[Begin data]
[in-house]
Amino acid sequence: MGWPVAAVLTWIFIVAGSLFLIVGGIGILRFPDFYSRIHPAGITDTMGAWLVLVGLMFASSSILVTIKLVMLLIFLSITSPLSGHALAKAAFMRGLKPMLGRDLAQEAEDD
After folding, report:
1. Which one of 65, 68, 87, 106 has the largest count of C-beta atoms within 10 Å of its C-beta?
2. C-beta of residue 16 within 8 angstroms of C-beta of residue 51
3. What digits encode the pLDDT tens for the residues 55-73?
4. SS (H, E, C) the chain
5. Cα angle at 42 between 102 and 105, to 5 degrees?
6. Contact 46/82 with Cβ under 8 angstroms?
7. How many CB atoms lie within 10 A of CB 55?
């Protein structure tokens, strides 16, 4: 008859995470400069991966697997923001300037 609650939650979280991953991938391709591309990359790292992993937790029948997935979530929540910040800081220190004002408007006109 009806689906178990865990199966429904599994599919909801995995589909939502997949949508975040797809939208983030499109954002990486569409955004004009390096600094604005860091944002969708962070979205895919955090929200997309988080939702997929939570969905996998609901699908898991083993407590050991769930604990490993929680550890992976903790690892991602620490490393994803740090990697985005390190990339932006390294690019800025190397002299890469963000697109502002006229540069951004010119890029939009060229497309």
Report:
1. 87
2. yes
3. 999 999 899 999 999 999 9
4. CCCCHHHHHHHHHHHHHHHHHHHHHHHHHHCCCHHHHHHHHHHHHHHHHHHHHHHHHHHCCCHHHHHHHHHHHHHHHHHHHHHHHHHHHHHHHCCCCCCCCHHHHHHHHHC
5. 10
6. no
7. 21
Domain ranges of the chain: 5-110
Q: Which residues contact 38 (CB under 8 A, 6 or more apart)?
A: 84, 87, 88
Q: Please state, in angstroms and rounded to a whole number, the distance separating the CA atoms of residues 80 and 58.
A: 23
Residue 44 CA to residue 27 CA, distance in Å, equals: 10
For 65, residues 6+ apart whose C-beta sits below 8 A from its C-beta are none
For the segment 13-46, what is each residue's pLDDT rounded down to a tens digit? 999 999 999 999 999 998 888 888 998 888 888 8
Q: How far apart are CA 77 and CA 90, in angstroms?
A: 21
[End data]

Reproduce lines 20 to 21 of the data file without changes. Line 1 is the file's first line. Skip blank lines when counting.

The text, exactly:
Domain ranges of the chain: 5-110
Q: Which residues contact 38 (CB under 8 A, 6 or more apart)?